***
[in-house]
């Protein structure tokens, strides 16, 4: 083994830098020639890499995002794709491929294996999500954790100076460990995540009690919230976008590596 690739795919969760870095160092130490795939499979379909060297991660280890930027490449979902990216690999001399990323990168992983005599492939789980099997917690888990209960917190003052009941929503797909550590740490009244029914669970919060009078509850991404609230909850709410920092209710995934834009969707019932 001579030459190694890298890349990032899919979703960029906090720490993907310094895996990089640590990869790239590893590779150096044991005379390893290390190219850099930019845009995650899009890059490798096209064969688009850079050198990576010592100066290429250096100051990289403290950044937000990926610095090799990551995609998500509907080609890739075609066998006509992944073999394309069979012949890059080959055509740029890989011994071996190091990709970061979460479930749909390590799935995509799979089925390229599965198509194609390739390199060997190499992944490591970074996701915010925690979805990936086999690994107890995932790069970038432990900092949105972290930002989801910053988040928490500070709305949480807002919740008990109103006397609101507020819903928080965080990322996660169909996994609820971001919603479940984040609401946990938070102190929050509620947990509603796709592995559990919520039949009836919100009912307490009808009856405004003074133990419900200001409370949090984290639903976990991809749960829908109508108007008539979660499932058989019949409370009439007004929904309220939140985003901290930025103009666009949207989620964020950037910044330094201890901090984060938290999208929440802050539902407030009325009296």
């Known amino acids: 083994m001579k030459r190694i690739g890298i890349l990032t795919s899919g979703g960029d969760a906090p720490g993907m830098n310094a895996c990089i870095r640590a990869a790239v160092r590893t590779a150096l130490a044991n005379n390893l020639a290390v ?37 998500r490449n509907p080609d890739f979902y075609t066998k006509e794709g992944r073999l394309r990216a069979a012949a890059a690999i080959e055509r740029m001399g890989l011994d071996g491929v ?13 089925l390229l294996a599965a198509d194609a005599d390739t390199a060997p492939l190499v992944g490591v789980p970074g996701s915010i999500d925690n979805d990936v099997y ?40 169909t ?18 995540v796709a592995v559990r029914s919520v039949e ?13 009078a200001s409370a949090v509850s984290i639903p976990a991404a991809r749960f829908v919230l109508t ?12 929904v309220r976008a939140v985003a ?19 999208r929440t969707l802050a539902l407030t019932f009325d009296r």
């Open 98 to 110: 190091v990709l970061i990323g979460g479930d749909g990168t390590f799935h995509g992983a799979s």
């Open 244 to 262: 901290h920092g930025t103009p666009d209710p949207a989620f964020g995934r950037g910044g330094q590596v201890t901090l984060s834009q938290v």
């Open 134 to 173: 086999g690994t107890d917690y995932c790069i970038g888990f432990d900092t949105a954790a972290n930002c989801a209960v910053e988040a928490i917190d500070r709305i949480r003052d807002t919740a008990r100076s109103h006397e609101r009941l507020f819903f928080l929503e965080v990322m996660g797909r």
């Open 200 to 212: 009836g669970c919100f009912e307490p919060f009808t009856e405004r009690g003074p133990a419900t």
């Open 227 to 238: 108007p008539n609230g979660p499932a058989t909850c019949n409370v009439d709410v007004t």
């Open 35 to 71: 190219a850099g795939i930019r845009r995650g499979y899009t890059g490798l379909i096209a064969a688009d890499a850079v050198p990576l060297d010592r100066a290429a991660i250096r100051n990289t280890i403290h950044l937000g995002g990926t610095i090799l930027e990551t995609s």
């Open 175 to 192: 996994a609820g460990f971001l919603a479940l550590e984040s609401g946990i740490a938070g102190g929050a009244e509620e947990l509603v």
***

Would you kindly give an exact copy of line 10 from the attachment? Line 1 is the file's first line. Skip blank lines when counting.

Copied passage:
């Open 175 to 192: 996994a609820g460990f971001l919603a479940l550590e984040s609401g946990i740490a938070g102190g929050a009244e509620e947990l509603v």